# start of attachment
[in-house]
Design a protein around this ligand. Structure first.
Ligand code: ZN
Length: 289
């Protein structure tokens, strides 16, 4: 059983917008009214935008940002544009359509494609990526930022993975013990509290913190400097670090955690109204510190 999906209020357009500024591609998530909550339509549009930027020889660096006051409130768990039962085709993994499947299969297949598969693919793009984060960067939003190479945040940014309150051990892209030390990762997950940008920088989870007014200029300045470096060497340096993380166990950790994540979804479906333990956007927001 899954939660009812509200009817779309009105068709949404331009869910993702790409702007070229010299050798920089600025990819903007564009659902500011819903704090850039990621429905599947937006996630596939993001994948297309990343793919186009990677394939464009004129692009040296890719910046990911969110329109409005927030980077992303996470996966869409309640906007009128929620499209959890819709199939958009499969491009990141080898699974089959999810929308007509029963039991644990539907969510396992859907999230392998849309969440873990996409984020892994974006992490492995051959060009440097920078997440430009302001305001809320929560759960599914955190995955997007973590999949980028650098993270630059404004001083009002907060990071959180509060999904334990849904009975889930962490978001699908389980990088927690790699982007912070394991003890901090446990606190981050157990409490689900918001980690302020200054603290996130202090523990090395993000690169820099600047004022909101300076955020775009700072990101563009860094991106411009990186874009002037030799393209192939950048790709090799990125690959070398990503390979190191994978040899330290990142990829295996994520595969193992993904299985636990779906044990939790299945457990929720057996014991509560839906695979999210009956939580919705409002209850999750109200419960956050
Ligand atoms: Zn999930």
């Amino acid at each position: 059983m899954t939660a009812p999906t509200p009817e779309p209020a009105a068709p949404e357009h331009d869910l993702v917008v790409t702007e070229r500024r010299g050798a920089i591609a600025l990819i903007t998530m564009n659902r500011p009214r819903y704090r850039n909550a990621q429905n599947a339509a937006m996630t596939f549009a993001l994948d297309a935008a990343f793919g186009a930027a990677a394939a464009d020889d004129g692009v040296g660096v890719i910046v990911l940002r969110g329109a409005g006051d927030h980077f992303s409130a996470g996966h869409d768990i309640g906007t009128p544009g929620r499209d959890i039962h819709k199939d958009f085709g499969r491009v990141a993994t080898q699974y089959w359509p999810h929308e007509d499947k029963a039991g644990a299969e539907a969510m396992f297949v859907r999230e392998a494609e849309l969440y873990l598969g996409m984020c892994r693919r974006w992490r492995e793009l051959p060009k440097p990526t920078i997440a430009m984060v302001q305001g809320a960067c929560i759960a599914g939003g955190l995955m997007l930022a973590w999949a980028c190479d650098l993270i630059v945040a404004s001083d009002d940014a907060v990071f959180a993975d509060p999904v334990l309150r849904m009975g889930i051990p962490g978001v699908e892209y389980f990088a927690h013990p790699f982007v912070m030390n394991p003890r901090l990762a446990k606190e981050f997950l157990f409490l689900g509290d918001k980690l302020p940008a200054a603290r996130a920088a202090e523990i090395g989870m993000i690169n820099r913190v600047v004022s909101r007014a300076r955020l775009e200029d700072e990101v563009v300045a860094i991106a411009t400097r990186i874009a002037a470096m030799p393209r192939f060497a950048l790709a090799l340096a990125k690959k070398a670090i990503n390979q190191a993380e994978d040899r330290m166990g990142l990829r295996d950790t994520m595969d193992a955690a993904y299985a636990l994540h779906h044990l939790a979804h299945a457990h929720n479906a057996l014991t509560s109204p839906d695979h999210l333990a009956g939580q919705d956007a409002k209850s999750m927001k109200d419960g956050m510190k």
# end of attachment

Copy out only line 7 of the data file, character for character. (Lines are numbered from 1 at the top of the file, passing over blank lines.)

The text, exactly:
């Amino acid at each position: 059983m899954t939660a009812p999906t509200p009817e779309p209020a009105a068709p949404e357009h331009d869910l993702v917008v790409t702007e070229r500024r010299g050798a920089i591609a600025l990819i903007t998530m564009n659902r500011p009214r819903y704090r850039n909550a990621q429905n599947a339509a937006m996630t596939f549009a993001l994948d297309a935008a990343f793919g186009a930027a990677a394939a464009d020889d004129g692009v040296g660096v890719i910046v990911l940002r969110g329109a409005g006051d927030h980077f992303s409130a996470g996966h869409d768990i309640g906007t009128p544009g929620r499209d959890i039962h819709k199939d958009f085709g499969r491009v990141a993994t080898q699974y089959w359509p999810h929308e007509d499947k029963a039991g644990a299969e539907a969510m396992f297949v859907r999230e392998a494609e849309l969440y873990l598969g996409m984020c892994r693919r974006w992490r492995e793009l051959p060009k440097p990526t920078i997440a430009m984060v302001q305001g809320a960067c929560i759960a599914g939003g955190l995955m997007l930022a973590w999949a980028c190479d650098l993270i630059v945040a404004s001083d009002d940014a907060v990071f959180a993975d509060p999904v334990l309150r849904m009975g889930i051990p962490g978001v699908e892209y389980f990088a927690h013990p790699f982007v912070m030390n394991p003890r901090l990762a446990k606190e981050f997950l157990f409490l689900g509290d918001k980690l302020p940008a200054a603290r996130a920088a202090e523990i090395g989870m993000i690169n820099r913190v600047v004022s909101r007014a300076r955020l775009e200029d700072e990101v563009v300045a860094i991106a411009t400097r990186i874009a002037a470096m030799p393209r192939f060497a950048l790709a090799l340096a990125k690959k070398a670090i990503n390979q190191a993380e994978d040899r330290m166990g990142l990829r295996d950790t994520m595969d193992a955690a993904y299985a636990l994540h779906h044990l939790a979804h299945a457990h929720n479906a057996l014991t509560s109204p839906d695979h999210l333990a009956g939580q919705d956007a409002k209850s999750m927001k109200d419960g956050m510190k």